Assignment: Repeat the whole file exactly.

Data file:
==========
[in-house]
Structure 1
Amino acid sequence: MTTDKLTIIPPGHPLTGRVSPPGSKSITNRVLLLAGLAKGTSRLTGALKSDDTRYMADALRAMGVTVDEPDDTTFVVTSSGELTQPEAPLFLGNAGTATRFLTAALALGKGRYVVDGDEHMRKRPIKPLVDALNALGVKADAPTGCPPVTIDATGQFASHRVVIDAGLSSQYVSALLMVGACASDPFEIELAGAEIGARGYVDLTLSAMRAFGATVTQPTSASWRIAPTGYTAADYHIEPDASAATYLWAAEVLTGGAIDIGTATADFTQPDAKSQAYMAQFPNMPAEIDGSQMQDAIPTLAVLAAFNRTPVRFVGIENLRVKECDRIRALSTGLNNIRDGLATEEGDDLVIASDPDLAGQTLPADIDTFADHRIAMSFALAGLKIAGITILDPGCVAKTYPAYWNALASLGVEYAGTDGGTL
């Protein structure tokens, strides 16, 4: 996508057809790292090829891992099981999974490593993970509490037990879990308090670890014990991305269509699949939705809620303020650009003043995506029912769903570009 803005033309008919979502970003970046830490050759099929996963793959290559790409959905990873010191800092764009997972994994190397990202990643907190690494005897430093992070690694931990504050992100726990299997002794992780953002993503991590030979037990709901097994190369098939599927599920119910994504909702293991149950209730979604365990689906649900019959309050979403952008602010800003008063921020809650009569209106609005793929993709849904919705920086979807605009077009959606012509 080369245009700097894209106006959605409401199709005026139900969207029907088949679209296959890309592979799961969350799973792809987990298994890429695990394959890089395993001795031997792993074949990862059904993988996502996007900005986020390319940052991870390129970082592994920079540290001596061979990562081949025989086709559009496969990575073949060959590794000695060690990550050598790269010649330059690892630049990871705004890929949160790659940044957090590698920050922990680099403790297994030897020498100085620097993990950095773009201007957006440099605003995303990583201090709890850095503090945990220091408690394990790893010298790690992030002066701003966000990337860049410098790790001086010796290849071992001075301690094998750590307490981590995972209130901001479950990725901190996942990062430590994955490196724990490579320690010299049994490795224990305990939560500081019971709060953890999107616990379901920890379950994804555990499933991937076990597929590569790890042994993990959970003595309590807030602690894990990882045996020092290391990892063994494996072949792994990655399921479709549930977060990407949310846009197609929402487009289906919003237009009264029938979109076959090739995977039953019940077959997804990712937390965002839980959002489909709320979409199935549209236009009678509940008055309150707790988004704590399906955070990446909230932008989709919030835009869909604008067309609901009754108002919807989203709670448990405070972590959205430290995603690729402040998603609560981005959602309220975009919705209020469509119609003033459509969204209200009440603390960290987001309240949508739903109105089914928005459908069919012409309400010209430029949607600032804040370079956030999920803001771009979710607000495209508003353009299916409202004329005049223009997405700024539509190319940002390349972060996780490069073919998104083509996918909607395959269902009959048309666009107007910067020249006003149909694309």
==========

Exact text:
[in-house]
Structure 1
Amino acid sequence: MTTDKLTIIPPGHPLTGRVSPPGSKSITNRVLLLAGLAKGTSRLTGALKSDDTRYMADALRAMGVTVDEPDDTTFVVTSSGELTQPEAPLFLGNAGTATRFLTAALALGKGRYVVDGDEHMRKRPIKPLVDALNALGVKADAPTGCPPVTIDATGQFASHRVVIDAGLSSQYVSALLMVGACASDPFEIELAGAEIGARGYVDLTLSAMRAFGATVTQPTSASWRIAPTGYTAADYHIEPDASAATYLWAAEVLTGGAIDIGTATADFTQPDAKSQAYMAQFPNMPAEIDGSQMQDAIPTLAVLAAFNRTPVRFVGIENLRVKECDRIRALSTGLNNIRDGLATEEGDDLVIASDPDLAGQTLPADIDTFADHRIAMSFALAGLKIAGITILDPGCVAKTYPAYWNALASLGVEYAGTDGGTL
């Protein structure tokens, strides 16, 4: 996508057809790292090829891992099981999974490593993970509490037990879990308090670890014990991305269509699949939705809620303020650009003043995506029912769903570009 803005033309008919979502970003970046830490050759099929996963793959290559790409959905990873010191800092764009997972994994190397990202990643907190690494005897430093992070690694931990504050992100726990299997002794992780953002993503991590030979037990709901097994190369098939599927599920119910994504909702293991149950209730979604365990689906649900019959309050979403952008602010800003008063921020809650009569209106609005793929993709849904919705920086979807605009077009959606012509 080369245009700097894209106006959605409401199709005026139900969207029907088949679209296959890309592979799961969350799973792809987990298994890429695990394959890089395993001795031997792993074949990862059904993988996502996007900005986020390319940052991870390129970082592994920079540290001596061979990562081949025989086709559009496969990575073949060959590794000695060690990550050598790269010649330059690892630049990871705004890929949160790659940044957090590698920050922990680099403790297994030897020498100085620097993990950095773009201007957006440099605003995303990583201090709890850095503090945990220091408690394990790893010298790690992030002066701003966000990337860049410098790790001086010796290849071992001075301690094998750590307490981590995972209130901001479950990725901190996942990062430590994955490196724990490579320690010299049994490795224990305990939560500081019971709060953890999107616990379901920890379950994804555990499933991937076990597929590569790890042994993990959970003595309590807030602690894990990882045996020092290391990892063994494996072949792994990655399921479709549930977060990407949310846009197609929402487009289906919003237009009264029938979109076959090739995977039953019940077959997804990712937390965002839980959002489909709320979409199935549209236009009678509940008055309150707790988004704590399906955070990446909230932008989709919030835009869909604008067309609901009754108002919807989203709670448990405070972590959205430290995603690729402040998603609560981005959602309220975009919705209020469509119609003033459509969204209200009440603390960290987001309240949508739903109105089914928005459908069919012409309400010209430029949607600032804040370079956030999920803001771009979710607000495209508003353009299916409202004329005049223009997405700024539509190319940002390349972060996780490069073919998104083509996918909607395959269902009959048309666009107007910067020249006003149909694309």